Before ordering any invitations, you need the date, time, and place of the wedding and reception. Pick a date and clear it with your immediate family, members of the wedding party, and most importantly, the wedding venue. Whether this is the LDS temple, a local church cultural hall, or some other location, make arrangements to use it on the specified day. Couples also need to decide in the beginning of their wedding planning and reception planning, whether they want a morning, afternoon, or evening wedding.

After you’ve got the wedding day’s vital information, you can write the invitation text. Traditional invitations are very formal, using script font and spelling out dates and times (like “eleven o’clock in the morning, two-thousand and twelve.”) But brides no longer need to feel tied to tradition, so if it feels too stuffy for you then it probably is. Feel free to use funky fonts or personalize the invitation by adding a picture. Explore all your options. You may want to buy wedding invitations or if you’re crafty, you and your friends might have an invitation creation party. Either way, send an invitation that expresses the overall tone of your wedding.

Before you’re ready to order or create your LDS temple wedding invitations, you need to remember one more thing. The colors and style of the invitation should match the ceremony and reception. Your wedding invitations are the first impression your family and friends will have of your special day. Though you don’t need have every detail of your wedding plans decided just yet, you do need to have a general idea of what your wedding colors will be. Think about your favorite color, your favorite flowers, or what looks best on your husband-to-be. Also consider the season of the year. Once you settle on wedding colors, you’re ready to pick invitations in a color and style that complements the wedding theme.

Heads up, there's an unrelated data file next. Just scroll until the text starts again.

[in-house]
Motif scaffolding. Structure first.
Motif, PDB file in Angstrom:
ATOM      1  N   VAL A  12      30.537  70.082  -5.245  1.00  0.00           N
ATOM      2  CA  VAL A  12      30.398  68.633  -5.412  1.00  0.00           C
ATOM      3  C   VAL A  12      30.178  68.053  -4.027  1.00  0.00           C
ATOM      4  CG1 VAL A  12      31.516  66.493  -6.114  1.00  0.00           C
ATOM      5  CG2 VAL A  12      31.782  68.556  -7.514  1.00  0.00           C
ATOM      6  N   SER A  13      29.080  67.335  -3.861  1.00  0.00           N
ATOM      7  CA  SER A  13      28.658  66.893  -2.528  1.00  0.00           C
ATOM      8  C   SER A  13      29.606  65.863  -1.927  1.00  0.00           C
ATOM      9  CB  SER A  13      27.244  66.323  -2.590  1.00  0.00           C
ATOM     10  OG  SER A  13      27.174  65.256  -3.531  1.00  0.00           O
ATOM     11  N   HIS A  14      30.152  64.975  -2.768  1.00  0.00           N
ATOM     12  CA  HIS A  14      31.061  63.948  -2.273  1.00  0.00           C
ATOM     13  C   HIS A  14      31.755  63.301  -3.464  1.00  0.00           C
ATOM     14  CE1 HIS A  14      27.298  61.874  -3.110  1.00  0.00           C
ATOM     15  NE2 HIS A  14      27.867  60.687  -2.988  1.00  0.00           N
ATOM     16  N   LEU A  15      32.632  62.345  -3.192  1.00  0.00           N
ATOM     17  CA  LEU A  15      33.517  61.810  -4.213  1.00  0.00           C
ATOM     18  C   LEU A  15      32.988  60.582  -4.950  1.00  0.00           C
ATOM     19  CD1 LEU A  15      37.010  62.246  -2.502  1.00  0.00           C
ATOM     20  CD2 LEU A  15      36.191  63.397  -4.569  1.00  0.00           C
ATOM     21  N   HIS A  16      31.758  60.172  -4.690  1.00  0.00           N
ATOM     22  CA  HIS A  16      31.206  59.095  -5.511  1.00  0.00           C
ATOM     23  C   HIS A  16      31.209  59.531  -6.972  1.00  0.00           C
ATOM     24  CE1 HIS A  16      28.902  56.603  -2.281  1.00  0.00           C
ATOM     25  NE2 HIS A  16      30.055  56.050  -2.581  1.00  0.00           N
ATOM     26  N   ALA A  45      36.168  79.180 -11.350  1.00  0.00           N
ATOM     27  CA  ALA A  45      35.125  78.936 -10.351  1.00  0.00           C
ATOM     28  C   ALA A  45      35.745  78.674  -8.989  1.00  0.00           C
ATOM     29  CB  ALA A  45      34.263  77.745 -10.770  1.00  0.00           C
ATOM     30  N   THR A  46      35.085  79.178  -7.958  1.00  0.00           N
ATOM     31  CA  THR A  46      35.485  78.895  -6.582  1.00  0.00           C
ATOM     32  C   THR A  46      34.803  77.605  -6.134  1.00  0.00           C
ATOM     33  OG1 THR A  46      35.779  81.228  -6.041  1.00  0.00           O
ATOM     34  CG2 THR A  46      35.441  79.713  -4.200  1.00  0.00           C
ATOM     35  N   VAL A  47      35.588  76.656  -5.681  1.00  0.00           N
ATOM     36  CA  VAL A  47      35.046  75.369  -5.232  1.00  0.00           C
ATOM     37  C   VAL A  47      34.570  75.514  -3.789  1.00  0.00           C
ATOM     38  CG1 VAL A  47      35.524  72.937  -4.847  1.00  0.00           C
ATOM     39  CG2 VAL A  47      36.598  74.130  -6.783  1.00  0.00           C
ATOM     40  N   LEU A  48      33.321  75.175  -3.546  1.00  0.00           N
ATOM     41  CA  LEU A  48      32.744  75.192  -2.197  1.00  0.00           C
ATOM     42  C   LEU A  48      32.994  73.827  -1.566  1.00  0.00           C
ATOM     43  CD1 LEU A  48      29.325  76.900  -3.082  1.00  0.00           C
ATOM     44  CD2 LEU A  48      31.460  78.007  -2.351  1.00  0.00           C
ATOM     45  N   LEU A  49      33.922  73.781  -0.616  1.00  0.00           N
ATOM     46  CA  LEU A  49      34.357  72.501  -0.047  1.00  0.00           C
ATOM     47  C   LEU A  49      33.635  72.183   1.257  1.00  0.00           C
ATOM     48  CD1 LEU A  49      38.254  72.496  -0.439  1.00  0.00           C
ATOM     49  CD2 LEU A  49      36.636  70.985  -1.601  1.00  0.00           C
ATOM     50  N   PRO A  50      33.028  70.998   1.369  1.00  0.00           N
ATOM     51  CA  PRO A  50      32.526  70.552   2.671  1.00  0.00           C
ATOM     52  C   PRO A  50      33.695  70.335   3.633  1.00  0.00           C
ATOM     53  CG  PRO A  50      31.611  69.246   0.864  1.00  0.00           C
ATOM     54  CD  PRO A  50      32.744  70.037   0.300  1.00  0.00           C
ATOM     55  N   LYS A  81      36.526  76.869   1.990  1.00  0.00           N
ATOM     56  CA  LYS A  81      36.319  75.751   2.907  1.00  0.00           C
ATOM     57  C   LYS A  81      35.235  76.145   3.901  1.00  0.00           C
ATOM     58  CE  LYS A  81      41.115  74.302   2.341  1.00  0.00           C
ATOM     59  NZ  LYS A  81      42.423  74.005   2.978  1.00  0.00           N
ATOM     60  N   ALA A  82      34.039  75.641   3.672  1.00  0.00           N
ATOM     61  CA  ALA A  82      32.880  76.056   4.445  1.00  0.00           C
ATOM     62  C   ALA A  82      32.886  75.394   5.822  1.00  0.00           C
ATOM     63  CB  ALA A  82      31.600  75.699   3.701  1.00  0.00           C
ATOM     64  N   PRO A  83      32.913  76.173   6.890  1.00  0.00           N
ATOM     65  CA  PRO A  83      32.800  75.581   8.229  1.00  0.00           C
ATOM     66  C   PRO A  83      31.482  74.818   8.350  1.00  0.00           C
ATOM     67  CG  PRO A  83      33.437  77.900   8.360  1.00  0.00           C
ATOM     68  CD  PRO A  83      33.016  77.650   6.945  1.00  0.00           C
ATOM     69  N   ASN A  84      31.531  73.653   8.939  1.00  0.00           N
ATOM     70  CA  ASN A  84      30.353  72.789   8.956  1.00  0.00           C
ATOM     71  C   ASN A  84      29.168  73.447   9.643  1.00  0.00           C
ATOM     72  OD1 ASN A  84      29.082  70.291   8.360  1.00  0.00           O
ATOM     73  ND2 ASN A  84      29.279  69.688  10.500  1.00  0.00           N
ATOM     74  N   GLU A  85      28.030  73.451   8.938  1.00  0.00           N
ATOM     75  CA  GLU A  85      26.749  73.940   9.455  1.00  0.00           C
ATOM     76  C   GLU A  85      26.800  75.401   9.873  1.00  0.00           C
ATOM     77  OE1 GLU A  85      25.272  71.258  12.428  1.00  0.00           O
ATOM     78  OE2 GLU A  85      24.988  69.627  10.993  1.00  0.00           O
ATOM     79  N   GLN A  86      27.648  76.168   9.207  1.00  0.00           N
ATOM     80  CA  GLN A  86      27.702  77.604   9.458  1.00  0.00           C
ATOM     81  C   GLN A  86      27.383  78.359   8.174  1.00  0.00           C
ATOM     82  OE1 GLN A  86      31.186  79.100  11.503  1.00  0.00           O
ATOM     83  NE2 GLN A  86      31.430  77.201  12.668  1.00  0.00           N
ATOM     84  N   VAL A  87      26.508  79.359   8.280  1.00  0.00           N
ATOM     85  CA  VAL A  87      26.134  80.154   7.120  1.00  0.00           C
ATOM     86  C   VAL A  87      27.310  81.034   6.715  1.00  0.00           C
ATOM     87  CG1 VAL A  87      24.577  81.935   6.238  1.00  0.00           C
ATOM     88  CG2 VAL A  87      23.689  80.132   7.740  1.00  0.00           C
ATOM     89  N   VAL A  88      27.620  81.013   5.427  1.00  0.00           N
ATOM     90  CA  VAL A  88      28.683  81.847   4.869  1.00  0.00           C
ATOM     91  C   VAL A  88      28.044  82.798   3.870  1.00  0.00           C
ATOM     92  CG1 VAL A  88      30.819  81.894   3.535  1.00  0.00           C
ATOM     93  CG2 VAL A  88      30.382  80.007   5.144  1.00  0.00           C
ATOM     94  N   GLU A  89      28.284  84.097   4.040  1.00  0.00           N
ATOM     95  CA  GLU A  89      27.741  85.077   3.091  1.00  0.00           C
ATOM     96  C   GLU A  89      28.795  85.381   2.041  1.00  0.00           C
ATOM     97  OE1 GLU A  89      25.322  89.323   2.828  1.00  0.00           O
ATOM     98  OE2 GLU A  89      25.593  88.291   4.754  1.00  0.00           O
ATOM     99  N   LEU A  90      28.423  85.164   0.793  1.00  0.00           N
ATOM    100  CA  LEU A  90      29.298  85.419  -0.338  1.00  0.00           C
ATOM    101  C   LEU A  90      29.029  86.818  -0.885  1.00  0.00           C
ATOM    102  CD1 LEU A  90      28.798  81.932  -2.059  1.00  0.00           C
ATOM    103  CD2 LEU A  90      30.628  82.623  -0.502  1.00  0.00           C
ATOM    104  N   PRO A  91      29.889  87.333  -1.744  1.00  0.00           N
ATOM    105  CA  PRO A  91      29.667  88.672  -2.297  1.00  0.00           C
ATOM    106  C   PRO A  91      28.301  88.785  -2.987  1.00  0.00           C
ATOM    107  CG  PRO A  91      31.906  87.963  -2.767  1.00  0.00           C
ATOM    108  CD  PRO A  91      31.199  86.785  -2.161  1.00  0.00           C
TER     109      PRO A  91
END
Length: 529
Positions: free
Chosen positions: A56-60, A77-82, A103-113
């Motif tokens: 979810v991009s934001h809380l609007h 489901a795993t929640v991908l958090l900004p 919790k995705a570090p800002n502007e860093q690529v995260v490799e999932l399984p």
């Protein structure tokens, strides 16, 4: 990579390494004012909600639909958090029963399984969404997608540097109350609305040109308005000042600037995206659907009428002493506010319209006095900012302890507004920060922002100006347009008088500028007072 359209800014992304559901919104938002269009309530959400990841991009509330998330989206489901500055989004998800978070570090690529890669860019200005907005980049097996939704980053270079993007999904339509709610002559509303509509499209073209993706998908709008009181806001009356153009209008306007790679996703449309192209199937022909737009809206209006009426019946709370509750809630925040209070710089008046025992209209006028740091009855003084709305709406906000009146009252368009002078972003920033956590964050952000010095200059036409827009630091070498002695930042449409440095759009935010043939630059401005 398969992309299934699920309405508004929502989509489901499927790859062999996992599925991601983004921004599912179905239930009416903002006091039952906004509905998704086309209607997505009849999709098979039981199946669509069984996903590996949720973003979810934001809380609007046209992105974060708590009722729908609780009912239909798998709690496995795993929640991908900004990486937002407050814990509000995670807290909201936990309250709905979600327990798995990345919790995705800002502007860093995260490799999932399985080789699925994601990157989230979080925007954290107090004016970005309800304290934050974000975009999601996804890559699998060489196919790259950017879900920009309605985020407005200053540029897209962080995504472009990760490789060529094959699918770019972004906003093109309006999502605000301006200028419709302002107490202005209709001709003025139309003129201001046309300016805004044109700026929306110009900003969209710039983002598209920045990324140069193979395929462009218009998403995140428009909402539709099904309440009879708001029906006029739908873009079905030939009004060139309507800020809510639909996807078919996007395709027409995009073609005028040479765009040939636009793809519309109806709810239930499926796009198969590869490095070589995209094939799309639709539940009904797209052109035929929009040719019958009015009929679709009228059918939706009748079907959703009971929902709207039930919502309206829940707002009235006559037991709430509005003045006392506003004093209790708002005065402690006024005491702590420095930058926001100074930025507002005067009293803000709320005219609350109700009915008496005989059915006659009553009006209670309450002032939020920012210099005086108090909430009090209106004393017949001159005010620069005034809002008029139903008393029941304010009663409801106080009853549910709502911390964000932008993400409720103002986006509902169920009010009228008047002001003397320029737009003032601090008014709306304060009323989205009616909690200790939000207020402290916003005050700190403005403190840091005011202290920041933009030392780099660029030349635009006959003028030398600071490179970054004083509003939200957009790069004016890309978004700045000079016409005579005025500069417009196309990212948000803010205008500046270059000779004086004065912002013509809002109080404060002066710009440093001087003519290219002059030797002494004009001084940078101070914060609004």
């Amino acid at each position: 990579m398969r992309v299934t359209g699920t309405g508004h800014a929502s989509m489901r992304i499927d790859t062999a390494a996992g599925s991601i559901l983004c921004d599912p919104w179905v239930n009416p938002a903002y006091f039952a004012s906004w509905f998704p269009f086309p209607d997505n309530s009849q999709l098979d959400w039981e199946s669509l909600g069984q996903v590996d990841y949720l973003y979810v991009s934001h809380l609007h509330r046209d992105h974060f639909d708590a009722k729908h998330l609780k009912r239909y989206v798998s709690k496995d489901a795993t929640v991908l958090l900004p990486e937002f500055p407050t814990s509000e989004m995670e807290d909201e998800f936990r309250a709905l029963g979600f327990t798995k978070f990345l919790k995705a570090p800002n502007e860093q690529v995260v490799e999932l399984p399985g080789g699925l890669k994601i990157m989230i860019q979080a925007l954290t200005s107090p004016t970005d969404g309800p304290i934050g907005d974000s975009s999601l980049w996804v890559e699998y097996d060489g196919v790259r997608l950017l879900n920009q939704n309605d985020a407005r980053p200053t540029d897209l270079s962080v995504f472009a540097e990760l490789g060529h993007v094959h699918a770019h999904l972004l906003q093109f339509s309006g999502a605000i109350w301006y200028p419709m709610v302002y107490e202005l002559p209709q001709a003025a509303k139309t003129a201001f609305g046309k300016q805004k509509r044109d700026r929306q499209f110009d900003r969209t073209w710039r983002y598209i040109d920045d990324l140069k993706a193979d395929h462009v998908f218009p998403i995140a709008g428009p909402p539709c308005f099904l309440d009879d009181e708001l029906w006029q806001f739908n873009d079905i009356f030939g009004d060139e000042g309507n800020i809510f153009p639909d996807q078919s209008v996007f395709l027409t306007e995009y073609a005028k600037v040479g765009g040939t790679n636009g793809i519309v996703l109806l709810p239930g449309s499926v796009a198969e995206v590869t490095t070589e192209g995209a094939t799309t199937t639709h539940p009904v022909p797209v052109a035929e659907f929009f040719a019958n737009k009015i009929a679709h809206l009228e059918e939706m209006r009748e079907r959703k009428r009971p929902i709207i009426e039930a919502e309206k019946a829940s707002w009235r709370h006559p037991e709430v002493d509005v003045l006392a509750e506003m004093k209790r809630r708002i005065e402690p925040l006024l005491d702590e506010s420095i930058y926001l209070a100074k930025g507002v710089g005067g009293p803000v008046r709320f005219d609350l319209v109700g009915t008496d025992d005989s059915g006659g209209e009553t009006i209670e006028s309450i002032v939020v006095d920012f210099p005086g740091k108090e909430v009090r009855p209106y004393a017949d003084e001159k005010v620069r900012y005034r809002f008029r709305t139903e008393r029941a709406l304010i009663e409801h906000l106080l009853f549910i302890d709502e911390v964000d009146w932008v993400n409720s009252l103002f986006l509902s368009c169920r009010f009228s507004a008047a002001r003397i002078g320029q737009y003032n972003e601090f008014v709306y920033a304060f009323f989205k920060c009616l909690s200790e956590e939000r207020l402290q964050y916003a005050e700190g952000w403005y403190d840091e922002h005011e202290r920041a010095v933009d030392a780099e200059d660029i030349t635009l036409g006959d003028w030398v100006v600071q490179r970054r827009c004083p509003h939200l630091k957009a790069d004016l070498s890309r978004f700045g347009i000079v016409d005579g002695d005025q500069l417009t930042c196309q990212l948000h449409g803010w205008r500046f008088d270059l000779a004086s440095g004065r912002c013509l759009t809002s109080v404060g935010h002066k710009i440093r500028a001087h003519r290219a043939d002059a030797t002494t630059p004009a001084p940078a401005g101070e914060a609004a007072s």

Wedding Invitation Etiquette

 

An LDS wedding invitaiton

Photo Courtesy of Carly Daniel Photography

Wedding invitation etiquette says to send invitations out as early as possible to all members of your extended family and your circle of friends, even to those who you know won’t be able to attend – they will still probably want to send a gift or their best wishes. Envelopes should also indicate which household members are invited, so there won’t be confusion as to whether children are welcome. Also, if you are getting sealed in a LDS temple it’s best to consider sending out two kinds of invitations: one to invite guests to both the sealing and reception, and another to announce the sealing and invite them to the wedding reception only.

It’s also wise to ask guests to RSVP, so that you can keep track of who will be attending the reception. At a formal affair, you’ll need to know who is coming so you can make a seating chart; at a casual affair, you’ll need the information to decide how much food to prepare. Including a self-addressed, stamped envelope or allowing guests to RSVP by email improves the odds of getting an accurate count.

Ultimately, the LDS Temple wedding invitations you choose will depend on you and your wedding’s style. It may seem overwhelming to hammer out the major details of your wedding before sending out the invitations, but doing so will result in great invitations that complement your LDS Temple wedding and LDS Wedding Reception perfectly.

♥ Jenny Evans
Exclusively for Wedding LDS.com